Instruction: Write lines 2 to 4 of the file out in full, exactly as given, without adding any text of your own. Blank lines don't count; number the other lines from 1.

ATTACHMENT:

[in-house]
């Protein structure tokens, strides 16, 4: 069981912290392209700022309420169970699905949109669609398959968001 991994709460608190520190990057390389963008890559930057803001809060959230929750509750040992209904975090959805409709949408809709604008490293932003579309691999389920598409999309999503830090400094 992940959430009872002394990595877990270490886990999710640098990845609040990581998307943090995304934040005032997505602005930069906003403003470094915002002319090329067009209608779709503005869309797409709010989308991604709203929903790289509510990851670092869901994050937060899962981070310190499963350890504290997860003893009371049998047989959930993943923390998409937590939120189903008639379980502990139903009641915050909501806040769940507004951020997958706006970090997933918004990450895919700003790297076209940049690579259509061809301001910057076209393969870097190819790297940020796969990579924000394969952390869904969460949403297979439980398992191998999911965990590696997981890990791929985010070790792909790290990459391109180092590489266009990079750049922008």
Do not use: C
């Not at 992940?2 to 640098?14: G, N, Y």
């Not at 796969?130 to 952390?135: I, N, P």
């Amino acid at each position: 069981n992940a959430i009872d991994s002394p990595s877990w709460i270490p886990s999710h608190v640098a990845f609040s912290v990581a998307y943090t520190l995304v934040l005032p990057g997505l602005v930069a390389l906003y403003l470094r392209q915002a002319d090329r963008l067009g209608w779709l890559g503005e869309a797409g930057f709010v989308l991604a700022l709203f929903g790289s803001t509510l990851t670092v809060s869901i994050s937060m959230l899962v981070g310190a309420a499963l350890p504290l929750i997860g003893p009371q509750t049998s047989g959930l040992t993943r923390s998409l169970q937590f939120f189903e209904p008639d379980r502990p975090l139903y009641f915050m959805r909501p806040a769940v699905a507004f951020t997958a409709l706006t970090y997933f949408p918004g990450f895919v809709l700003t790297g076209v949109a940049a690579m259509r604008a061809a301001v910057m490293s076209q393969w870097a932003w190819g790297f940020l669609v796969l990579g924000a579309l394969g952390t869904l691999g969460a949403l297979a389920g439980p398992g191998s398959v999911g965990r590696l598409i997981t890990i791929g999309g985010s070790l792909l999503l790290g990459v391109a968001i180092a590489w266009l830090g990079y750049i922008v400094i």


């Protein structure tokens, strides 16, 4: 069981912290392209700022309420169970699905949109669609398959968001 991994709460608190520190990057390389963008890559930057803001809060959230929750509750040992209904975090959805409709949408809709604008490293932003579309691999389920598409999309999503830090400094 992940959430009872002394990595877990270490886990999710640098990845609040990581998307943090995304934040005032997505602005930069906003403003470094915002002319090329067009209608779709503005869309797409709010989308991604709203929903790289509510990851670092869901994050937060899962981070310190499963350890504290997860003893009371049998047989959930993943923390998409937590939120189903008639379980502990139903009641915050909501806040769940507004951020997958706006970090997933918004990450895919700003790297076209940049690579259509061809301001910057076209393969870097190819790297940020796969990579924000394969952390869904969460949403297979439980398992191998999911965990590696997981890990791929985010070790792909790290990459391109180092590489266009990079750049922008």
Do not use: C
């Not at 992940?2 to 640098?14: G, N, Y």